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European Language Portfolio

HISTORY OF THE ELP PROJECT
► The European Language Portfolio: an impact study (2009)

The European Language Portfolio: an impact study (2009)

Executive summary

At its 17th meeting in Strasbourg, 3-4 June 2008 and in the context of its discussions on the future of the ELP, the European Language Portfolio Validation Committee (ED-EVC) decided to launch an impact study in order to gauge the impact of ELP use in the classroom, on other projects in the education system and on language policy in general in the CoE member states. This could help to meet the requirements to show the value of the work done by operational services in the Council of Europe as well as to focus on work for the future.

The focus of the study was to be on the qualitative impact of the ELP. What difference has the ELP made on the processes of language teaching and learning in the different contexts in which ELP projects have been conducted? Have the expectations of the ELP developers been met? What challenges, expected and unexpected, have been encountered, and have they been overcome? It is hoped that the study based on specific examples will lead to the collection of further reports on the concrete and practical impact the ELP is having.

It was decided that a survey should be conducted by telephone with a selection of ELP Contact Persons and ELP project members. The European Validation Committee established a team of three people to prepare a preliminary version of the Impact Study and propose it for discussion and further decision at the next ED-EVC meeting in November 2008. The members of the team were: Maria Stoicheva, Gareth Hughes and Heike Speitz. The study covered the following countries: Austria, Bulgaria, Estonia, Germany, Italy, Latvia, Norway, Slovenia, UK (England). The study also covered a wide range of educational sectors: schools (primary and secondary), higher education (e.g. for initial teacher training), vocational and adult education.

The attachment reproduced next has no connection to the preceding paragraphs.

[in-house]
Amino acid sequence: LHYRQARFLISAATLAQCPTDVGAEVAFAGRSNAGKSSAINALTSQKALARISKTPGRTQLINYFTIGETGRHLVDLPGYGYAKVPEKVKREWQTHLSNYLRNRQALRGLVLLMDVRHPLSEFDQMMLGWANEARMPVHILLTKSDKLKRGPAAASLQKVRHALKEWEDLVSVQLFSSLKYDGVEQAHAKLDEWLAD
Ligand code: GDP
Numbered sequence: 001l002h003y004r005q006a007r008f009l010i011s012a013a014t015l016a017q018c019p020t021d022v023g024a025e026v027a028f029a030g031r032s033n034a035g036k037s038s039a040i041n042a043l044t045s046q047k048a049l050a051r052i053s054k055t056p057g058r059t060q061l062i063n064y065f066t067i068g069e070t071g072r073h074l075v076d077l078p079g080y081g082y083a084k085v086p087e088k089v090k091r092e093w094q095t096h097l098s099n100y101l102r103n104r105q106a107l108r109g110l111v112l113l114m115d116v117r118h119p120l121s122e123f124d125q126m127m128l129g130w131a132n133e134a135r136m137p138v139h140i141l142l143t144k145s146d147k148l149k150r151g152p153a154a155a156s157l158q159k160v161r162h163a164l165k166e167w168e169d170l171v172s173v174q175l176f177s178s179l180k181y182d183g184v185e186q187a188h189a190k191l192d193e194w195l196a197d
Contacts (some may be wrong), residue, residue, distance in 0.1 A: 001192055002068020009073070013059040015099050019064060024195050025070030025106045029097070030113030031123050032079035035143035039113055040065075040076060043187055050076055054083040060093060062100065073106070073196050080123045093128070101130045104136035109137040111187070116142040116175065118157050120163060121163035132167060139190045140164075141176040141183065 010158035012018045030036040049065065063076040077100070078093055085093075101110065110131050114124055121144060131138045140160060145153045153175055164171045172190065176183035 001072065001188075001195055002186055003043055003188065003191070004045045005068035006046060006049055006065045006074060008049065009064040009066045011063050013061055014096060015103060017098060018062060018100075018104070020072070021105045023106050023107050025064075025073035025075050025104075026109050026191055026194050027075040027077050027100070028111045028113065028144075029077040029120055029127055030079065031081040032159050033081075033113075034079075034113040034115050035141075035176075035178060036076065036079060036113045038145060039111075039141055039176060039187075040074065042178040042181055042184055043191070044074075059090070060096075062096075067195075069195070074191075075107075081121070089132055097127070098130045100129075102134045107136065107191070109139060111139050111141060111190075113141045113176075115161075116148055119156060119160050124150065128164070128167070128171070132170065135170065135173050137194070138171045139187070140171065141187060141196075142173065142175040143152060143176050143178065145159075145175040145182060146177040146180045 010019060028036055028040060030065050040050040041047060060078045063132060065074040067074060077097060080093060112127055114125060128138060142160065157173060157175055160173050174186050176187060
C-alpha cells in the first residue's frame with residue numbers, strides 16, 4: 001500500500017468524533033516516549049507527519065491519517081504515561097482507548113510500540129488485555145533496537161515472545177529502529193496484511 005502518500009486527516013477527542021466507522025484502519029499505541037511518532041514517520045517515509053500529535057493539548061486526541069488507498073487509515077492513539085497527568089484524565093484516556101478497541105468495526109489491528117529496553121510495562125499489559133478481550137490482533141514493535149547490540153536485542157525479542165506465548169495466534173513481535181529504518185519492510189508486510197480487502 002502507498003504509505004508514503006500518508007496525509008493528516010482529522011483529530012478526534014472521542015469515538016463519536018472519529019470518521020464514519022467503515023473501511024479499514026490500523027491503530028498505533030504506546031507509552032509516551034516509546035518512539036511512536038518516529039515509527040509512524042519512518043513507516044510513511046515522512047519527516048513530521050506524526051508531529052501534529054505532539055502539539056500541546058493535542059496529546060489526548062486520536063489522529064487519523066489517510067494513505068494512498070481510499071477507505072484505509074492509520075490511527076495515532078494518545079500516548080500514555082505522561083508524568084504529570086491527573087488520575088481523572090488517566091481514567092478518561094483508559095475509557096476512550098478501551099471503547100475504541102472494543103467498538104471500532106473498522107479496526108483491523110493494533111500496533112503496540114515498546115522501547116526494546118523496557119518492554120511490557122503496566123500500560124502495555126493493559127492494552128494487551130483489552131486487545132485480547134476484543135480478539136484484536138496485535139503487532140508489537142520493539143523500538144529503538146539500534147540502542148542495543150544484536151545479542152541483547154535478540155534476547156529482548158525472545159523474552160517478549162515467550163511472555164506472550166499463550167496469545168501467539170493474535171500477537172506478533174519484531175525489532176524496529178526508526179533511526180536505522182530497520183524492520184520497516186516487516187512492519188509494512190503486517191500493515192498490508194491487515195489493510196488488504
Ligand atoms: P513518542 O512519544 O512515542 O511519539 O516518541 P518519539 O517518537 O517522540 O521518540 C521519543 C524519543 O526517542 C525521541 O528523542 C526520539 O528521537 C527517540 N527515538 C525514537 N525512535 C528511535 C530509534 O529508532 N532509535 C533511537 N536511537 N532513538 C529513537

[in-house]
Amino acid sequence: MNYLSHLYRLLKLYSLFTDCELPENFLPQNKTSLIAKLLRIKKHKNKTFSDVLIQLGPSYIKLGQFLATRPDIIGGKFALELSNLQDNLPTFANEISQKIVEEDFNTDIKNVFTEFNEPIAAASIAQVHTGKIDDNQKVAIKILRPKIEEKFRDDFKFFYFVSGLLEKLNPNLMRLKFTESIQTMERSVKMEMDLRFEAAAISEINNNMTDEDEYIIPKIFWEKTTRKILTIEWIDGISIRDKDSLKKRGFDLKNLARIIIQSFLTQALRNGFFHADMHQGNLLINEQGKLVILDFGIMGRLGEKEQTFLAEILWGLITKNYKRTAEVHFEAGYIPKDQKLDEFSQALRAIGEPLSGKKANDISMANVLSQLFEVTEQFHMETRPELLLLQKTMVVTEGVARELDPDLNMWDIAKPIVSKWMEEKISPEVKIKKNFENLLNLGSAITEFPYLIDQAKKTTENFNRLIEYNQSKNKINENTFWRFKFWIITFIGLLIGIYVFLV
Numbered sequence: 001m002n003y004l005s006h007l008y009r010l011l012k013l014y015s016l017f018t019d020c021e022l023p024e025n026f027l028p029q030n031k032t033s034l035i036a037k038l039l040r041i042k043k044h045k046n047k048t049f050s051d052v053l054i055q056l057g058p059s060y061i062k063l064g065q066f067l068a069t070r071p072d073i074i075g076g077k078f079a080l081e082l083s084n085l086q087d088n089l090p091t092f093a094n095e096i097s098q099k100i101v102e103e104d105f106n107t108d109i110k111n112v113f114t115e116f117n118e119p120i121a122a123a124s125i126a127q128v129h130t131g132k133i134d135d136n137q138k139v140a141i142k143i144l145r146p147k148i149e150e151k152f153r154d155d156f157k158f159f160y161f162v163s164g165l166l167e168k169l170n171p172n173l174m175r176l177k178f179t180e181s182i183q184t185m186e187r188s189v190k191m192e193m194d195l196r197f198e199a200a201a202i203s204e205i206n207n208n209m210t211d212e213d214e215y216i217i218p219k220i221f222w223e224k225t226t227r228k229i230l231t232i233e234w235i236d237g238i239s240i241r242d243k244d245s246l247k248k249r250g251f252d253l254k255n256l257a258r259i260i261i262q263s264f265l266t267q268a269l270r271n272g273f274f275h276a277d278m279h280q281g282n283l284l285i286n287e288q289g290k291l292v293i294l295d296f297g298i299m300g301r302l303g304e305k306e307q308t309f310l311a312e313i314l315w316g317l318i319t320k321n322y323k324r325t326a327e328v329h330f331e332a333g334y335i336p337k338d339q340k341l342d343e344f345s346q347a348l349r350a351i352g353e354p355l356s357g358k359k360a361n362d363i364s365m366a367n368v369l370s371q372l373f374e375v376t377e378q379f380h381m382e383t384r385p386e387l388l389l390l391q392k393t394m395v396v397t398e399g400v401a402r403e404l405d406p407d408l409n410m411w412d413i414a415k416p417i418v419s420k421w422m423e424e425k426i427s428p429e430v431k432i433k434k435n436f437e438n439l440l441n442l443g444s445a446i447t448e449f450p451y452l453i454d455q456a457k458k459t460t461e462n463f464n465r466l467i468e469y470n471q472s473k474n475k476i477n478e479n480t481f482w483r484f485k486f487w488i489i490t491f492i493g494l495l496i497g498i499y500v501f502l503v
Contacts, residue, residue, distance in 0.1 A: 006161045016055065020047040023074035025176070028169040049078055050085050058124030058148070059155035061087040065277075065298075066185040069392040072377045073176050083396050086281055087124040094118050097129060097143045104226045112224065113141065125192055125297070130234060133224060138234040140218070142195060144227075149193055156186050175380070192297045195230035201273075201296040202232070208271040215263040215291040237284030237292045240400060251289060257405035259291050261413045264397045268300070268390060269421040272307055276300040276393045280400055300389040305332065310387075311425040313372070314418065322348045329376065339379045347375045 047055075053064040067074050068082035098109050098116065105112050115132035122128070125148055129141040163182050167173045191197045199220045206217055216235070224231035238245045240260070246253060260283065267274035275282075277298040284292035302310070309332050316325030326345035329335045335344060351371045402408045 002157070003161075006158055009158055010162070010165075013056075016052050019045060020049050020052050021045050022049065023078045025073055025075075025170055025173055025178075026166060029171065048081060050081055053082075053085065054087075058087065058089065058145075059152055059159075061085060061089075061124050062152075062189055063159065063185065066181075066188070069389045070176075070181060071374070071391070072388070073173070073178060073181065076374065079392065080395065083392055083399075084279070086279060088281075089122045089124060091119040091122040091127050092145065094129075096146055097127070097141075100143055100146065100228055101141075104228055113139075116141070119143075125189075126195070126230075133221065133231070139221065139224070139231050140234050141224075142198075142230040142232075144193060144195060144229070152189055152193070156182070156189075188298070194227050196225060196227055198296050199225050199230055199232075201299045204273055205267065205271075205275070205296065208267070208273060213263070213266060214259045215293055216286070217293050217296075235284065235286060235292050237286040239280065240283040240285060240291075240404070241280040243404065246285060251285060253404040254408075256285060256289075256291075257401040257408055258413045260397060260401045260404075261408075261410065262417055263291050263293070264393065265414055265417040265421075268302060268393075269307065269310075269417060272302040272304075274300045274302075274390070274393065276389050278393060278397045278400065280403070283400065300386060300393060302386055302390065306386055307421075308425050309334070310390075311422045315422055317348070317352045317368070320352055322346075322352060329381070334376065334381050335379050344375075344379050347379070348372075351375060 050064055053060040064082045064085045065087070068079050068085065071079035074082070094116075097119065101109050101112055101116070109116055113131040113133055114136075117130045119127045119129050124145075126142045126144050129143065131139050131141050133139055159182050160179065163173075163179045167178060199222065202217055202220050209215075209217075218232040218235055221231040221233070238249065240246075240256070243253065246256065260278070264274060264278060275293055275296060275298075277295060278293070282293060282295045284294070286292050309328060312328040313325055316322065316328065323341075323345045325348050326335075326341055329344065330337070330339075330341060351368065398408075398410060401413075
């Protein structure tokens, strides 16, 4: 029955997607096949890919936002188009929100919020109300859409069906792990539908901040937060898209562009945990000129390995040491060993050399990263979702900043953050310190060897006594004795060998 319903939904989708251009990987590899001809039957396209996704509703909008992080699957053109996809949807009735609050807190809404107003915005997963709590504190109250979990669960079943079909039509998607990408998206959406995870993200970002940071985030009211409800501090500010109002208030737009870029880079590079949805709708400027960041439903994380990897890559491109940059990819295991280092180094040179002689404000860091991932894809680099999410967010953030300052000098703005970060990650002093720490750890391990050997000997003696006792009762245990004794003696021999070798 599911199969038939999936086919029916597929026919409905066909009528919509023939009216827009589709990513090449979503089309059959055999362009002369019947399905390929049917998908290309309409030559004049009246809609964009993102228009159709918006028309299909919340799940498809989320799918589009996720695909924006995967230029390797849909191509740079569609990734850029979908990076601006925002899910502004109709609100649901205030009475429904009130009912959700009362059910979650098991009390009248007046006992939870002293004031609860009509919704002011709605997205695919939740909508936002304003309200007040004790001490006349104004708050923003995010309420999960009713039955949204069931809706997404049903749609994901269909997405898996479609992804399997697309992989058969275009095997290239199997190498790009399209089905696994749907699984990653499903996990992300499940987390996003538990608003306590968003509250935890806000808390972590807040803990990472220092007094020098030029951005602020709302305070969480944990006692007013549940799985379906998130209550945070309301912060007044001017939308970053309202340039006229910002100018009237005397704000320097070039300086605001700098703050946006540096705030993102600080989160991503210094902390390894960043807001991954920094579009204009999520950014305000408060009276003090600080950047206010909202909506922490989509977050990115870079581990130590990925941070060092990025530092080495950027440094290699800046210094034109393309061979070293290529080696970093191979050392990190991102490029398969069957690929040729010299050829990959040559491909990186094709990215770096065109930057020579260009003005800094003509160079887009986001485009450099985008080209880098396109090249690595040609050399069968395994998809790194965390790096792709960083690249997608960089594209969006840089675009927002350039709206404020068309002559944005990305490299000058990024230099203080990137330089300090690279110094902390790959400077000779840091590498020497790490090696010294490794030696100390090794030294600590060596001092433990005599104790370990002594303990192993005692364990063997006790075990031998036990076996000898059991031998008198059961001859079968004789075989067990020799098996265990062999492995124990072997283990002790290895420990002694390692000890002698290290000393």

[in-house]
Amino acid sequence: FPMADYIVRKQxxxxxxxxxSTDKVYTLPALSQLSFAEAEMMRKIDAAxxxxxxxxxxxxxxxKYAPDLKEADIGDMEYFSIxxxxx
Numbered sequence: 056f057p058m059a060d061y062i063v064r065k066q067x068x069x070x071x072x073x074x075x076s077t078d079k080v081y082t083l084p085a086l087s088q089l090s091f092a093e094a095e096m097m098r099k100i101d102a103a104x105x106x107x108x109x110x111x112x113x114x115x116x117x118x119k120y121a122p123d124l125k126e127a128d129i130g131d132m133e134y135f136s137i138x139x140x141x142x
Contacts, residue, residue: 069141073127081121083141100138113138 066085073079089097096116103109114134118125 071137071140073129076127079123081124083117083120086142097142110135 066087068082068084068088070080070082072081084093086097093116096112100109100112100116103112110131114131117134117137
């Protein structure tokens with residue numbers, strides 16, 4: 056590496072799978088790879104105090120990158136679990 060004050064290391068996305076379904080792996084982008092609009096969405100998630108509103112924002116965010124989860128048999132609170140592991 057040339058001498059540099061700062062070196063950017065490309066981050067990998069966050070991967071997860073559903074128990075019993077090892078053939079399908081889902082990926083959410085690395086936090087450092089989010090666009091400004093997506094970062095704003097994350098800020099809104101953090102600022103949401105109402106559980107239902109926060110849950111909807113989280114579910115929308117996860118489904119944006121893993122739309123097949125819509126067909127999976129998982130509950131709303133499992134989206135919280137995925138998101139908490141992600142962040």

The key actors interviewed in partner countries belonged to the following categories: ELP contact persons, representatives of institutions (teacher training and pedagogical institutions) involved in ELP activities, teachers participating or organising ELP conferences, training seminars, etc.

The ED-EVC drafted a total of 10 questions. The questionnaires were sent to the interviewees. They were asked to consider the impact of the implementation of the ELP in their contexts. This draft report has been written based on 12 interviews with key actors in the different countries. The choice of countries and respondents is not to be taken as representative. They are cases with a broad scope of geographical location and educational context. The report summarises the main findings of the interviews and the data gathered. The responses where quoted have been largely anonymised. The intention of the authors is to provide an overall picture of what the different cases provided.

It became clear in the course of the interviews that it is not always possible to make a clear distinction between the impact of the ELP and that of the Common European Framework of Reference (CEFR). This is understandable insofar as the CEFR and the ELP were conceived at the same time. The ELP is the CEFR’s “companion piece” (D. Little 2009 ), and it can act as the implementation tool of many of the threads running through the CEFR, for example:
• transparency and coherence in setting goals and reporting proficiency
• learner autonomy
• plurilingual and pluricultural competence
The study reports how the interviewees interpreted the impact of the ELP, in many cases making little if no distinction between the CEFR and the ELP. In the conclusion to this study, the authors return to the relationship of the CEFR and the ELP in the light of what their interviewees reported.

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